The avenger's zeal a deadly by-product of abortion debate

October 07, 1994|By MIKE LITTWIN

Poor, miserable, pathetic Paul Hill. What a loser.

As you probably know, Hill is the anti-abortion gunman who was convicted the other day on a conspiracy charge in the shooting deaths of Dr. John Britton and his bodyguard. Later, Hill will stand trial for murder.

And, since the case is in eye-for-an-eye Florida, if Hill is convicted, he might even be sentenced to death. That would neatly complete the twisted irony of a so-called pro-life activist killing a doctor and then the state killing him in turn.

Only in America, as somebody once said.

There wasn't much to the Hill trial, certainly no O.J.-style flashes of color and light. In fact, the Hill case played out as a tired parody of a courtroom drama. Hill was, however, brilliant in the role of sorry little zealot -- firing his lawyers, defending himself with no defense at all, then smiling serenely at the verdict. Only God, he would say, can judge him.

Are there really people like him? Or is this an early Woody Allen movie -- "Shoot the Doctor and Run"?

In the Woody vernacular, Hill is a nebbish. He looks as harmless as . . . well, what is harmless this days? I guess that's the point.

This pathetic little man has proven himself -- probably to his own great surprise -- to be extremely dangerous. And the danger doesn't end with those on the wrong end of the gun. He is also dangerous to those he would wish to lead.

It doesn't take a genius to see that much. Hill's actions radicalize, and therefore marginalize, the anti-abortion movement. If you haven't noticed, most Americans don't cotton to radicals. You could look it up.

But to many, Hill and Michael Griffin and the other members of the lunatic fringe have come to represent the movement. They carry the flag. They man the barricades. They get most of the publicity, all of which is bad.

After these guys pull the triggers or they throw the bombs, anti-abortion leaders have to either embrace them (few do) or explain them (few can) or distance themselves from them.

But it isn't that easy. That's because Paul Hill and the rest are creatures of the anti-abortion movement.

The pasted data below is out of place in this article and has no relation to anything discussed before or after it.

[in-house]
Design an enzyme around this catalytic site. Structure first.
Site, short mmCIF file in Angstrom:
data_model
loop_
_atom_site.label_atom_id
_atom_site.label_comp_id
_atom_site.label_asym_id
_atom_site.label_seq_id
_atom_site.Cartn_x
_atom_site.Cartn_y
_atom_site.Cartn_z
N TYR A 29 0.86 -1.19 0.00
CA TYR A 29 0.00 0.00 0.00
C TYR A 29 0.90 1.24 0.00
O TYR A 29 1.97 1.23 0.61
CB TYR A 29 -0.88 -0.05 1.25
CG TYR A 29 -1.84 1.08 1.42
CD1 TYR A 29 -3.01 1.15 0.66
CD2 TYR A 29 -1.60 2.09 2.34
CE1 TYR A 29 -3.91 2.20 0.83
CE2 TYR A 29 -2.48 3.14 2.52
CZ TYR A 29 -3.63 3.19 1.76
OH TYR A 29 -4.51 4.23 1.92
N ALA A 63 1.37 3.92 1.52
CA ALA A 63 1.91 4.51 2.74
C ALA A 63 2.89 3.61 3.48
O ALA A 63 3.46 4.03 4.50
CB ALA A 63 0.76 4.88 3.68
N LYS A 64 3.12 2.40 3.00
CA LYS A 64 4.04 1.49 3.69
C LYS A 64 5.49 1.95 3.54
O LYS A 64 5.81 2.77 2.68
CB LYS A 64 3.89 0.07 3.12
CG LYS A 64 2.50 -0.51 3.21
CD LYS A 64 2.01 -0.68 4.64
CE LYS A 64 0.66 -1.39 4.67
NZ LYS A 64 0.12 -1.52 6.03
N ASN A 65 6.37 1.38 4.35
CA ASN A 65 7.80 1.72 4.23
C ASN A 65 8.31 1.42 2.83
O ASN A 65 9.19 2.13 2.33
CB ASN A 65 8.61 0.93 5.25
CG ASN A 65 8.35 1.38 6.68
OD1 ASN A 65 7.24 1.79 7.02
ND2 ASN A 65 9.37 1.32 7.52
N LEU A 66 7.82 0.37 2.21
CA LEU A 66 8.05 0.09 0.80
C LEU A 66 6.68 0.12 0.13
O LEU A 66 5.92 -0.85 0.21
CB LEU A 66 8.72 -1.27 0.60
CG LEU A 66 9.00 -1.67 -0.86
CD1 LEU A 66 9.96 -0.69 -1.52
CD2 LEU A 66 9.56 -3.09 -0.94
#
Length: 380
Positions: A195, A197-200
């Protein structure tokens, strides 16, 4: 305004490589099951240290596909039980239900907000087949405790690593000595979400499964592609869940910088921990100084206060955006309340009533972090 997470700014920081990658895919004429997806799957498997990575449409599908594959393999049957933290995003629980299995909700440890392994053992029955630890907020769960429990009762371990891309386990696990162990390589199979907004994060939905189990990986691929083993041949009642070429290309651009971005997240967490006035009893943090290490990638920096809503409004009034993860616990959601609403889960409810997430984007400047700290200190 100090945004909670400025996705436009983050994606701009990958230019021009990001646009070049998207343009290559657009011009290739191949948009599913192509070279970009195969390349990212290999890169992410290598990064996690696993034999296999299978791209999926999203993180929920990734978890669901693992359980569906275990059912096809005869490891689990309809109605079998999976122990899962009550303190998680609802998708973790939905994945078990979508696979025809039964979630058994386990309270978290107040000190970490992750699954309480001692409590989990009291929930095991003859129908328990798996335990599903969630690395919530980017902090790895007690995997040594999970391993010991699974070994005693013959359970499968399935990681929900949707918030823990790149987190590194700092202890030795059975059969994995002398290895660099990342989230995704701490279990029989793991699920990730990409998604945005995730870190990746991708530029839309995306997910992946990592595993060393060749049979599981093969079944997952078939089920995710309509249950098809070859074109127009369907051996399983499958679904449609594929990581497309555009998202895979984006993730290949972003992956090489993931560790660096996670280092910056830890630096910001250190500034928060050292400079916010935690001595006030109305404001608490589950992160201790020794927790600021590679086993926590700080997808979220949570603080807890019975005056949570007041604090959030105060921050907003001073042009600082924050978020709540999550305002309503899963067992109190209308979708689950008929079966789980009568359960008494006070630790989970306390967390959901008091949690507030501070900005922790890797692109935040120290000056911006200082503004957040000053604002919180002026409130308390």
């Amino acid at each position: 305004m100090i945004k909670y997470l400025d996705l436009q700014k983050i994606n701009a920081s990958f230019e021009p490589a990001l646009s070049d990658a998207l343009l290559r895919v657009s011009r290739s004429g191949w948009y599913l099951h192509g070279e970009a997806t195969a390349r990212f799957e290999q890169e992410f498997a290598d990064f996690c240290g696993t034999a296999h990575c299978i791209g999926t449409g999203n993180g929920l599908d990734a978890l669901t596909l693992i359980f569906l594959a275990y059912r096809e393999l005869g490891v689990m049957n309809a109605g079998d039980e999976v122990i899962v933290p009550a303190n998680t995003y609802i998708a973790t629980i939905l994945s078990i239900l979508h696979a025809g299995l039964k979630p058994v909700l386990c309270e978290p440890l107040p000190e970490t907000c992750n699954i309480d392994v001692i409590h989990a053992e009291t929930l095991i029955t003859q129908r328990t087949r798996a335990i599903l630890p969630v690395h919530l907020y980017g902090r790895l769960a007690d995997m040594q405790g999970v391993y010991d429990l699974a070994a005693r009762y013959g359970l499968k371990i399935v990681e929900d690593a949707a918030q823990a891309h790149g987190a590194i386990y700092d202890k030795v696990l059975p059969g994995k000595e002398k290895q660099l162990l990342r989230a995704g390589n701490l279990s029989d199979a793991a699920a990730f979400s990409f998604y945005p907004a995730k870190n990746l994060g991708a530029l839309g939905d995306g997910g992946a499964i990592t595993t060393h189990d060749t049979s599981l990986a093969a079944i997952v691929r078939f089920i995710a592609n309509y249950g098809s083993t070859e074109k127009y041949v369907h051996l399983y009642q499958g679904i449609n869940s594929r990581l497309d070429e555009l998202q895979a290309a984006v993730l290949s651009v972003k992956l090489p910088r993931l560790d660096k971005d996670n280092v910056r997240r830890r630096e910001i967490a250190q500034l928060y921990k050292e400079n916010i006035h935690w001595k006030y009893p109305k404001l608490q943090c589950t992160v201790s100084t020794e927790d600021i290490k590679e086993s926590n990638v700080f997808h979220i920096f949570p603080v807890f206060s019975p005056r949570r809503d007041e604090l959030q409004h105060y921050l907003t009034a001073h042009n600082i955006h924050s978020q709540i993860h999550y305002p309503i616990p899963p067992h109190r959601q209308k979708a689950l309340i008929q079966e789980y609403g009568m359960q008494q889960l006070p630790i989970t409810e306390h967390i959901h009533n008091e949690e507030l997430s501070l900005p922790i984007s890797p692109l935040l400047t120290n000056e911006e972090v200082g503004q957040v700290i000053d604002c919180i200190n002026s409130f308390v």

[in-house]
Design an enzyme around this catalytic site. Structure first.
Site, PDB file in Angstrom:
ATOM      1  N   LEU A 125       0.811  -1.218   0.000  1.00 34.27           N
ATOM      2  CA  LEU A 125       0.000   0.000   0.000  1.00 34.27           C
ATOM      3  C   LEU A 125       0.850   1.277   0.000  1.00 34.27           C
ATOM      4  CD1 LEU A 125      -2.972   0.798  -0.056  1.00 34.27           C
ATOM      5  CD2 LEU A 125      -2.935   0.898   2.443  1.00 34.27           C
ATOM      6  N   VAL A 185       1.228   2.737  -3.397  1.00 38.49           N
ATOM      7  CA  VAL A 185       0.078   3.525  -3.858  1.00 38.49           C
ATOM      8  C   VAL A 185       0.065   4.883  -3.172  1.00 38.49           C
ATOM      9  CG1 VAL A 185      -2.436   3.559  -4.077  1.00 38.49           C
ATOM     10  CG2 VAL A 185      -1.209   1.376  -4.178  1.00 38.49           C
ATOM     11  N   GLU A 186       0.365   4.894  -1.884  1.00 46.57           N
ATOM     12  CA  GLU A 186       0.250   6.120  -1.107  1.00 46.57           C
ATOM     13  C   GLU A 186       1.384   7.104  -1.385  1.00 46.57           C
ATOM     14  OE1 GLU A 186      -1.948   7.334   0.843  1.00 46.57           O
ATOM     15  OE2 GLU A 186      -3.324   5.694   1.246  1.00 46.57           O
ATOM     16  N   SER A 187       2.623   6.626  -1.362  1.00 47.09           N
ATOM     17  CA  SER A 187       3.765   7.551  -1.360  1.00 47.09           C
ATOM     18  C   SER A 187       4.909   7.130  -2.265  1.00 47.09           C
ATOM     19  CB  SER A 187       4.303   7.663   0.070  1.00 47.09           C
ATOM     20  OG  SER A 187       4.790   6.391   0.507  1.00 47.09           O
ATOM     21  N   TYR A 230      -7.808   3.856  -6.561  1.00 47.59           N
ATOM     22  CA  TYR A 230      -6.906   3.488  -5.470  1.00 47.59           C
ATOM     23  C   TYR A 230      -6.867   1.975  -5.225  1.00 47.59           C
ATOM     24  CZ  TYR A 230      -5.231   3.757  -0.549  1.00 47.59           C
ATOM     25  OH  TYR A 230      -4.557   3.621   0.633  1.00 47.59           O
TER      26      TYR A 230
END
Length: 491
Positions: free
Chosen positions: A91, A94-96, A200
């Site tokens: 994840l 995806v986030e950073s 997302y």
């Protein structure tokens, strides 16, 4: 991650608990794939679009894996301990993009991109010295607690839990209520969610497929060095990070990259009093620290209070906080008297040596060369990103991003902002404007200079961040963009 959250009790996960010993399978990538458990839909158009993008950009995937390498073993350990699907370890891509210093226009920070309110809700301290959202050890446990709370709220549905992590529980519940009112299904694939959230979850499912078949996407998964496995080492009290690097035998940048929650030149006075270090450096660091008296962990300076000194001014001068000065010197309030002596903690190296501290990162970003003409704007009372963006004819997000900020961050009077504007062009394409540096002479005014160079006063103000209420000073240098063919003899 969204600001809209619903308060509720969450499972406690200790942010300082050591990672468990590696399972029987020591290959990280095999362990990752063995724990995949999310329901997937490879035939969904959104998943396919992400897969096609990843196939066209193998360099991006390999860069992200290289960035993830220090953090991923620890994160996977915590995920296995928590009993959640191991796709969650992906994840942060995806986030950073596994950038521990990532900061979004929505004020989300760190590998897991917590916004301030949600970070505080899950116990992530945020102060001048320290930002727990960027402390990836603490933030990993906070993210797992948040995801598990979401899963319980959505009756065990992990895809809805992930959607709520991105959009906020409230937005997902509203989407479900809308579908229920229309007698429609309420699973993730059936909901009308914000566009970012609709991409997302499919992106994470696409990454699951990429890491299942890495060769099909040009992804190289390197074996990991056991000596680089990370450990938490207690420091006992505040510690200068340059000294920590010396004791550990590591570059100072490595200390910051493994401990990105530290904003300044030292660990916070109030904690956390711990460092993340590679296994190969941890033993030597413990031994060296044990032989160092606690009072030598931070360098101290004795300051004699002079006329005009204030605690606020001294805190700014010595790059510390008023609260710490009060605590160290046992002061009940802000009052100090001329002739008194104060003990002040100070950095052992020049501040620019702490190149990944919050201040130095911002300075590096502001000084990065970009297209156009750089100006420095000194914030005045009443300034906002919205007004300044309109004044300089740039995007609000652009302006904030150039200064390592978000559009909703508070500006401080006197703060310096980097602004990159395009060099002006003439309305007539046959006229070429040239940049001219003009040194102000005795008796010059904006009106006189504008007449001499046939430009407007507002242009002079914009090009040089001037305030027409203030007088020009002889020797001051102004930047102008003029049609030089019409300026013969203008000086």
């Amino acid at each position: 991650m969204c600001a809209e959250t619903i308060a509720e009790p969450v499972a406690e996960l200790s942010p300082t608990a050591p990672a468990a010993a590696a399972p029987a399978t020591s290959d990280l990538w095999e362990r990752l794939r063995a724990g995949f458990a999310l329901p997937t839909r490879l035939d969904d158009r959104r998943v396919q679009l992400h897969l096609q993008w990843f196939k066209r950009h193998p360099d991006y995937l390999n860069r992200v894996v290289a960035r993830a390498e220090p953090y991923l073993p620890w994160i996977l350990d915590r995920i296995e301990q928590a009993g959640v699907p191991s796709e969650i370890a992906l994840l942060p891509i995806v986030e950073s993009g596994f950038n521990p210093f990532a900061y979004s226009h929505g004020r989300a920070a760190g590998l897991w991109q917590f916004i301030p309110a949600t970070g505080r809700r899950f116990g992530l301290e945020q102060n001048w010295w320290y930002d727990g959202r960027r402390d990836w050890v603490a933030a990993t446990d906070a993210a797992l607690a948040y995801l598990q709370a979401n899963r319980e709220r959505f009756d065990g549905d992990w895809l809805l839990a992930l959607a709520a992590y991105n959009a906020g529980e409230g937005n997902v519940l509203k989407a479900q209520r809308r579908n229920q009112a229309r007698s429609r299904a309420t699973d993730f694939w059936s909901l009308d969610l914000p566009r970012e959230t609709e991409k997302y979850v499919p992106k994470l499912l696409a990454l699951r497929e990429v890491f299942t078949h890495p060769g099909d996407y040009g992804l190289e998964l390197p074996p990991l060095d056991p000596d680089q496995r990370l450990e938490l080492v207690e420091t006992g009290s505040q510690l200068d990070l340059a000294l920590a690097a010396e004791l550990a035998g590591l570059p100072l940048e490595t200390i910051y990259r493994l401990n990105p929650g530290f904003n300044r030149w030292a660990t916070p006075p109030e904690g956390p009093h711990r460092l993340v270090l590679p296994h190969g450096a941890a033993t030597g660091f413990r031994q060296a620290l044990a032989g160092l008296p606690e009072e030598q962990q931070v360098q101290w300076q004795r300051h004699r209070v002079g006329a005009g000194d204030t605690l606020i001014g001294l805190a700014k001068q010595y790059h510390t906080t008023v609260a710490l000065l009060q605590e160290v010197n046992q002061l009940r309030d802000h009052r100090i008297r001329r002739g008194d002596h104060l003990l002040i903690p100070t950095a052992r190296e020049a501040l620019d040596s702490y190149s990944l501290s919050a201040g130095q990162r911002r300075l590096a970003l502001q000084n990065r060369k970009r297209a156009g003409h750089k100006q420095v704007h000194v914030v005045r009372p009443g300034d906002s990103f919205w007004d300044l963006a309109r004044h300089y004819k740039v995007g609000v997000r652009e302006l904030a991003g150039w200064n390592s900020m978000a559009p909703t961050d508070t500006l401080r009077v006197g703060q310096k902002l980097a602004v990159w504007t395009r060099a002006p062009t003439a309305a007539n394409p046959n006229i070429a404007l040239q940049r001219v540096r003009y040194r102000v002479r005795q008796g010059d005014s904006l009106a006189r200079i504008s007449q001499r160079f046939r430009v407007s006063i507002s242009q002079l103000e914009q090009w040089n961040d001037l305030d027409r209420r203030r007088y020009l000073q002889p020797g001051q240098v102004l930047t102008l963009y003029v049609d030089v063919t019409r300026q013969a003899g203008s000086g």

Once you say doctors who perform abortions are baby killers, Hill and those like him inevitably follow.

You may know somebody who resembles Hill -- the true believer who needs more than anything to believe in something. And believing that these doctors are baby killers is a natural fit. You get to fight evil, at least as it's explained to you (wouldn't crime-fighter uniforms be swell?). You get to tell yourself you're the good guy. And if you're good enough, you get a shotgun and blow somebody's head off.

You become the avenging angel. And why not?

Let's say these doctors were killing actual babies. Let's say they were taking healthy 1-year-olds and putting them to death. In that case, who wouldn't conclude that killing a doctor who kills babies is morally justifiable?

You've heard the rhetoric: Doctors who perform abortions are the moral equivalent of Nazis. Where is left to go from there?

Hill himself was the author of these words: "We proclaim that whatever force is legitimate to defend the life of a born child is legitimate to defend the life of an unborn child."

How extreme is this position? How many in the anti-abortion movement smile, at least to themselves, when they hear that?

I don't know.

Can people really believe there's no difference between abortions and killing babies? I know many moral people who believe in abortions. In my experience, no moral people believe in killing healthy infants.

Many moral people come down on both sides of the issue -- saying they don't believe in abortions for themselves but reserve the right for others to make that choice. This position is not always a cop-out either. This position recognizes an ethical ambiguity.

Here's the problem. Zealots tend to have at least one important weakness: They don't get ambiguity. They don't see gray. They rTC use words like moral certainty.

Which brings us back to Paul Hill.

Yes, to poor, miserable, pathetic Paul Hill. And to the two people who lie dead from a shotgun's blast.

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